Grantor Retained Annuity Trusts (GRATs)Posted by William on Jun 9, 2012 in Estate Planning, News | 0 comments
A Grantor Retained Annuity Trust (GRAT) is a trust established for a fixed term with fixed annuity. After the termination of the trust, the remainder is paid to the grantee (or remainderman). This would include any income generated by the assets during the term of the trust, not paid to the donor in the form o f the annuity. The annuity is a fixed dollar amount (as opposed to a GRUT where a fixed percentage of the fair market value is paid to the donor).
The goal of a GRAT is create a high present value therefore decreasing the remainder value (thus decreasing the value of the gift). The optimum scenario for a GRAT is to result in a zero remainder interest. However, because the value of the assets are frozen at the time of creation, the income generated by the assets is able to pass to the remaindermen tax free. The shortest GRAT possible is two years. On their own, a single two-year GRAT will leave on a negligible amount (if any) to the remaindermen. However, because a GRAT is for a term of years, the donor must survive the term to see any benefit. Multiple two year GRATs may be used for elderly donors where it is doubtful they would survive a longer term GRAT.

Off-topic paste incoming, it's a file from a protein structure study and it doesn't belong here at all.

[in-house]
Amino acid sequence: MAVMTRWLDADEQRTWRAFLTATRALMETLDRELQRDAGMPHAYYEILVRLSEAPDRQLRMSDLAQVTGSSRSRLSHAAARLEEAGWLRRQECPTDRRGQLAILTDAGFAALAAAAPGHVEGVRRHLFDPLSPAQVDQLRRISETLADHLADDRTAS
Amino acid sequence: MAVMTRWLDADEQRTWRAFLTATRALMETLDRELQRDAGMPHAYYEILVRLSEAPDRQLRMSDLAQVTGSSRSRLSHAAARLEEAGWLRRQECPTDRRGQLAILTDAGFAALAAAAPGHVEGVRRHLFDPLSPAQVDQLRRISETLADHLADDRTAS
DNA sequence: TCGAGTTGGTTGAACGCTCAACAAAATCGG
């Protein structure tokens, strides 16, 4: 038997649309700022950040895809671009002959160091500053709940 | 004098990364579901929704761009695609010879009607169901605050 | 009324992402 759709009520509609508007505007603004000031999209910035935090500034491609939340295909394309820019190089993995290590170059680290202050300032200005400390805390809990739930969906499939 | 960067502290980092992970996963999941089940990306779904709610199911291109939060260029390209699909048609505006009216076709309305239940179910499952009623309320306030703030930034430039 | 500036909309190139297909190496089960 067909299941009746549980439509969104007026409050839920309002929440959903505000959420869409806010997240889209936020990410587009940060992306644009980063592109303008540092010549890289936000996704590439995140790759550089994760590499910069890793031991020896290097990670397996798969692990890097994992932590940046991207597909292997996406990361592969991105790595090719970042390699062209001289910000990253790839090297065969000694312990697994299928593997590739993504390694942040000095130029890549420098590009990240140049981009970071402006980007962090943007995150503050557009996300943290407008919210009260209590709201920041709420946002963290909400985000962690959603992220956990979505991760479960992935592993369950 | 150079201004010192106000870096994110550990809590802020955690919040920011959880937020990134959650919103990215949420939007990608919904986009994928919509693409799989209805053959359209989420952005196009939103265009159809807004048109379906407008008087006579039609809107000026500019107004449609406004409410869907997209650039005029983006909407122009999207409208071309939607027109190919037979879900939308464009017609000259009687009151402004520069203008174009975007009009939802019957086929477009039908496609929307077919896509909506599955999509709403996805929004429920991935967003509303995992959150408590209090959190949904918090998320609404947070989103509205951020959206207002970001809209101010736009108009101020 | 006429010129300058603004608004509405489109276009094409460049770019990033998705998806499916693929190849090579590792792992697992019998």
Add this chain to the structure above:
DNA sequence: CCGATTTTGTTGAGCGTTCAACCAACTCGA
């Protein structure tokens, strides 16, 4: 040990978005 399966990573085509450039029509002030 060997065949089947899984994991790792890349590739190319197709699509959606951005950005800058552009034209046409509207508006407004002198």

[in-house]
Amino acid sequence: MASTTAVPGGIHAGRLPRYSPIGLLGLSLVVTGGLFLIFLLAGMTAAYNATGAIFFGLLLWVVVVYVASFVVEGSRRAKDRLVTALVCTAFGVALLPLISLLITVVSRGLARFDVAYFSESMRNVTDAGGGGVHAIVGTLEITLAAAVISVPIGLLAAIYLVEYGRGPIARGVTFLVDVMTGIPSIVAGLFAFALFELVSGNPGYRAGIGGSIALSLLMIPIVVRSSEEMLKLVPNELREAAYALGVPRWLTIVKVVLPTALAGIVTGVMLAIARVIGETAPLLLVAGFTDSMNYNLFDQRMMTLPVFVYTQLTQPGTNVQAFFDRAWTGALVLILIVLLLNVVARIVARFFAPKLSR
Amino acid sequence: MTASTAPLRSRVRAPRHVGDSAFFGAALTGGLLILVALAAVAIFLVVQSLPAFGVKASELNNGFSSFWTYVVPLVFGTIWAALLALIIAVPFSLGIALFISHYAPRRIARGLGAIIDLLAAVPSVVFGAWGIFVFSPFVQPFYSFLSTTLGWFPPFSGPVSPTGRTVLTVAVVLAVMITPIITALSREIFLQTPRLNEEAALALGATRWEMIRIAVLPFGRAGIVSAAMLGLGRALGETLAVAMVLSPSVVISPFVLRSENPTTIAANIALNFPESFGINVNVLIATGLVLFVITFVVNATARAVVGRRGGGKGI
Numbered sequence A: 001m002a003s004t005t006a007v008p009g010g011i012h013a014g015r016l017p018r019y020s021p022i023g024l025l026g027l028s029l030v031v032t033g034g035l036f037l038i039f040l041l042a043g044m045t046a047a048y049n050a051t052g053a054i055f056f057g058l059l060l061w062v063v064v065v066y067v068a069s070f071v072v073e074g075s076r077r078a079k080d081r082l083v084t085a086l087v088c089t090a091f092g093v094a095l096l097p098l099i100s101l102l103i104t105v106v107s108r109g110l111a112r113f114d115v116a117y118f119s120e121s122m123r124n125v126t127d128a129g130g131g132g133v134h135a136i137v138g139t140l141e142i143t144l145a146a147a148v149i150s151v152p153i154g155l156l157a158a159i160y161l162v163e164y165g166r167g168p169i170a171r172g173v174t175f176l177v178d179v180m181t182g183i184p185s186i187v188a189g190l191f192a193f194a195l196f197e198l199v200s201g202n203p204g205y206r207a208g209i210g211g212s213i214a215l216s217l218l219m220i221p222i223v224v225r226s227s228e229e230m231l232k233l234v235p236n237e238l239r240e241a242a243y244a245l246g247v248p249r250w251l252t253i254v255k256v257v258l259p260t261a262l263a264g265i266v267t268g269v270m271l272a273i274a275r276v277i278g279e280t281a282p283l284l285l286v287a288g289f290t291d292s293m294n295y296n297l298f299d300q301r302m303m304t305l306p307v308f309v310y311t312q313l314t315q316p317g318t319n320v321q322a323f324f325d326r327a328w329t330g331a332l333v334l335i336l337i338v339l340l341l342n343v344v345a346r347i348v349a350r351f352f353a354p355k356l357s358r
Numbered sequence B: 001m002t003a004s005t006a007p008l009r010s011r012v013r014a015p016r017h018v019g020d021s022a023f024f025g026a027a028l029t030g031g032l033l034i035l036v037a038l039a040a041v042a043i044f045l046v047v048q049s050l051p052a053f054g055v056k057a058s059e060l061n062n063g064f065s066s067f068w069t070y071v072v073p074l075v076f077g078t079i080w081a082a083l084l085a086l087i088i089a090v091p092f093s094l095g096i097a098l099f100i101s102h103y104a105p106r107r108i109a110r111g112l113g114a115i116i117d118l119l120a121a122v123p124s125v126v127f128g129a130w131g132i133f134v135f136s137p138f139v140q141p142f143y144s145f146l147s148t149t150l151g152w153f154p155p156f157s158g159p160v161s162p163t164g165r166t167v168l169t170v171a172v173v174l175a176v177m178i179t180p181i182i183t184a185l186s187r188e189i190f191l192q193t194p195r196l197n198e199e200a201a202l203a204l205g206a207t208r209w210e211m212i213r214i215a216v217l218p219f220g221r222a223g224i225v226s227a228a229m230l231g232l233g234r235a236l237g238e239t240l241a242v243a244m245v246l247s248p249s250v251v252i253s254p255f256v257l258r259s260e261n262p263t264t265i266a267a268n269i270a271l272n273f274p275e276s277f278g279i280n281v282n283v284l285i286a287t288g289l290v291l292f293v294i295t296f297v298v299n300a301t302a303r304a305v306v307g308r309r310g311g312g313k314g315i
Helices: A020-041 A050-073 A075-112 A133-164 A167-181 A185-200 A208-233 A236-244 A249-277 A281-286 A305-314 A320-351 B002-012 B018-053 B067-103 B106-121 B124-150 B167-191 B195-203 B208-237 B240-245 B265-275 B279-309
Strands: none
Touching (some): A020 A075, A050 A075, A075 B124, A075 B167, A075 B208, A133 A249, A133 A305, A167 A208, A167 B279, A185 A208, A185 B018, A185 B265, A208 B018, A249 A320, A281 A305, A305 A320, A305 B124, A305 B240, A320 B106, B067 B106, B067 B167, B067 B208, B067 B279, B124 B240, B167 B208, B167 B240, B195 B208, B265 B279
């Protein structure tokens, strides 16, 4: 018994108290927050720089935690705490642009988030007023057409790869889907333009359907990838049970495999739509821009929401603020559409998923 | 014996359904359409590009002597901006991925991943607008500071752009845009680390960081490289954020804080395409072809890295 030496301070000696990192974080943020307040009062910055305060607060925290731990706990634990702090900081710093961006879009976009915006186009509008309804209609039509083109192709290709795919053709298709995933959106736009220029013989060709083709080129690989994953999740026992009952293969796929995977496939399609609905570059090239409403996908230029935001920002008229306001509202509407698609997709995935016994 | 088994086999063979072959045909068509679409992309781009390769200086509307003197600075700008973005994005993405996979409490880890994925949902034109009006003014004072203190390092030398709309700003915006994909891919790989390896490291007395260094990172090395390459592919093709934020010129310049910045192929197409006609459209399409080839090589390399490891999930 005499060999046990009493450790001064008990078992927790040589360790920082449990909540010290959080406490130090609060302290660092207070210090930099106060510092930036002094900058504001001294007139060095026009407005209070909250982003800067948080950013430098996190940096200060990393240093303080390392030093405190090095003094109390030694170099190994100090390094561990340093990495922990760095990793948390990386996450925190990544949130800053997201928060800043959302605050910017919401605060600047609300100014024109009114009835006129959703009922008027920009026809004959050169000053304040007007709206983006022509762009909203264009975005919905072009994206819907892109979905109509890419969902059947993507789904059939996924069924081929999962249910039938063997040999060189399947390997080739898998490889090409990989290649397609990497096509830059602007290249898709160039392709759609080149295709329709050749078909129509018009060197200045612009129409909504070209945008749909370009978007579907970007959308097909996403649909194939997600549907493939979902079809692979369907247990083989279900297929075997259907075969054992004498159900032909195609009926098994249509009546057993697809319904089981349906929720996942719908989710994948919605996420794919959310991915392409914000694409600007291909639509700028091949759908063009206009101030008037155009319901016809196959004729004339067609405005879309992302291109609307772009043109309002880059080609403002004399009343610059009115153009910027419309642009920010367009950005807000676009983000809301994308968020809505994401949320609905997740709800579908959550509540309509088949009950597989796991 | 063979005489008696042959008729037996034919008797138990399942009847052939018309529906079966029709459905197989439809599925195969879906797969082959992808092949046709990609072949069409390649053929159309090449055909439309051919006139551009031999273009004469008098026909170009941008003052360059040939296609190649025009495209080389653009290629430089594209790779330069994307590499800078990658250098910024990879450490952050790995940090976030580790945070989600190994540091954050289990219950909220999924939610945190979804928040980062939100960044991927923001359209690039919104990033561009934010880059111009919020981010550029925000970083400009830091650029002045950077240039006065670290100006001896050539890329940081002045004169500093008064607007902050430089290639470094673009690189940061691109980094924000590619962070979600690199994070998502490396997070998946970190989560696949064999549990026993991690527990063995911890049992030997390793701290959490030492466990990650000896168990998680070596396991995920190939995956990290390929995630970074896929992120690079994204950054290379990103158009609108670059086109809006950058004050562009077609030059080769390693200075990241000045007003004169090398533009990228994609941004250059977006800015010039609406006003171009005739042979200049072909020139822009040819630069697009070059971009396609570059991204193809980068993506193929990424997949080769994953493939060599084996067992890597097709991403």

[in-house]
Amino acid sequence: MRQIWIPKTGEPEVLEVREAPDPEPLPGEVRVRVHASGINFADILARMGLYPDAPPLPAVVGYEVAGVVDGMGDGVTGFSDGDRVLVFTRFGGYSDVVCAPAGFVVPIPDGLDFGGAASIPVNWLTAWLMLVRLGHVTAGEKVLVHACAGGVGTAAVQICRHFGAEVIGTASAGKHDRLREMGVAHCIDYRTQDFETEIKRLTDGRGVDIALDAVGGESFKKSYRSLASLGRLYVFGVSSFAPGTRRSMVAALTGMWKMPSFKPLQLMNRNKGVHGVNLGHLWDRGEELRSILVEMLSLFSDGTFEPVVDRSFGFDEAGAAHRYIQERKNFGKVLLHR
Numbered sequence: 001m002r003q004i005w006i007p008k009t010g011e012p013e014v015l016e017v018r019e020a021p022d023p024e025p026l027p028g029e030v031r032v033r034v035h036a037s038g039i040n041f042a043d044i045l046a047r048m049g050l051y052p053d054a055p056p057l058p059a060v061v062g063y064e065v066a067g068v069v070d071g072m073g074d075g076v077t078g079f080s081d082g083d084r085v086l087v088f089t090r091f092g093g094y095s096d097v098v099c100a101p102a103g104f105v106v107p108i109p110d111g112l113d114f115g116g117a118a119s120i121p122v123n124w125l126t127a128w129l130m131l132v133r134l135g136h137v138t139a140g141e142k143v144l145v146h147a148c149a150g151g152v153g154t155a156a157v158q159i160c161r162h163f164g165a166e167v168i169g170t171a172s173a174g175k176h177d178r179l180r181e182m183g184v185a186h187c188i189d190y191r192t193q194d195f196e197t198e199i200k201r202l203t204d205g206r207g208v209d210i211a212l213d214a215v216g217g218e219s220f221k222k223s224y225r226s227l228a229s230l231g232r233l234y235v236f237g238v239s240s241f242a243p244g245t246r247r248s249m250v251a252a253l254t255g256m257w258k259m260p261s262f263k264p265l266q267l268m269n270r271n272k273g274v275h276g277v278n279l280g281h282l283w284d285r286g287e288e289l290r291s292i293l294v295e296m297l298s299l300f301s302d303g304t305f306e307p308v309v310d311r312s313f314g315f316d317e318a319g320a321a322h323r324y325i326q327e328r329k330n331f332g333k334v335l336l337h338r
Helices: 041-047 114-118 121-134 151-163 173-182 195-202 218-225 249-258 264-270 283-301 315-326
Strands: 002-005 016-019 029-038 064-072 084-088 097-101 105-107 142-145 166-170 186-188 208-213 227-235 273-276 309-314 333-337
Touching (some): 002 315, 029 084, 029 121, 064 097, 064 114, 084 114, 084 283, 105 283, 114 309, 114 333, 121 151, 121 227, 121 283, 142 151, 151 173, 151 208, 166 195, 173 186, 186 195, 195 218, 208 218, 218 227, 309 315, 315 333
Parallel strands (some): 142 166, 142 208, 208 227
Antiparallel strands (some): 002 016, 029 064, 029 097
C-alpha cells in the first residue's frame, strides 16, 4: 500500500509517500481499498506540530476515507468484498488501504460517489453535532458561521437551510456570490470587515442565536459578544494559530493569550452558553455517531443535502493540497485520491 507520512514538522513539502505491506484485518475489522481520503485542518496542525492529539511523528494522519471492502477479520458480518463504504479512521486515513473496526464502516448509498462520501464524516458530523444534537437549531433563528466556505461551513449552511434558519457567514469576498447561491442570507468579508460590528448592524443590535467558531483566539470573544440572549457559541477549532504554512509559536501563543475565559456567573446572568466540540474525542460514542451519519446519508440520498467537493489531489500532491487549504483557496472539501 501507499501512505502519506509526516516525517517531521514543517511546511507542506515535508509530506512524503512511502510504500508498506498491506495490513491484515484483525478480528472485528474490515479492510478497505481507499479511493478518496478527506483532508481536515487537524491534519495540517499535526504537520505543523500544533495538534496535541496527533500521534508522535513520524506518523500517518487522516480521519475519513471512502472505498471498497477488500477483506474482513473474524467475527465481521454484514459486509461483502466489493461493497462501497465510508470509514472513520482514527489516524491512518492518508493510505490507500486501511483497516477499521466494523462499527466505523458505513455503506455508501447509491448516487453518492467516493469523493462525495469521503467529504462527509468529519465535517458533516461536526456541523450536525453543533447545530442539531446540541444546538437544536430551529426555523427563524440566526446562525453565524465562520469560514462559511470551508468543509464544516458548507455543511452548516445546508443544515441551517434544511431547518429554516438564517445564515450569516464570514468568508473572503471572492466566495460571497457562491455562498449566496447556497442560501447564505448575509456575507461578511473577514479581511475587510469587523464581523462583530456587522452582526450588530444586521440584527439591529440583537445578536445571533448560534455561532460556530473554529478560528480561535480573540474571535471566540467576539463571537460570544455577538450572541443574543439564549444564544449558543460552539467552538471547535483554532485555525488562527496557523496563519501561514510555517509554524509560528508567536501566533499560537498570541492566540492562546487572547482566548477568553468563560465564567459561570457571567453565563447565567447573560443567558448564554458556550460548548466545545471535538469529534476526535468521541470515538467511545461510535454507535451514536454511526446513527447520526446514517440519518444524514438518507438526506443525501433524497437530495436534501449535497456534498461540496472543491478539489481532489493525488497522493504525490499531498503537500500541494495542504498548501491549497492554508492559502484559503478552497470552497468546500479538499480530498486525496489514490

The earlier a GRAT can be used (the longer the expected life of the donor) the better return a donor can expect. For an example, take a look at my previous blog on the Facebook founders GRATs.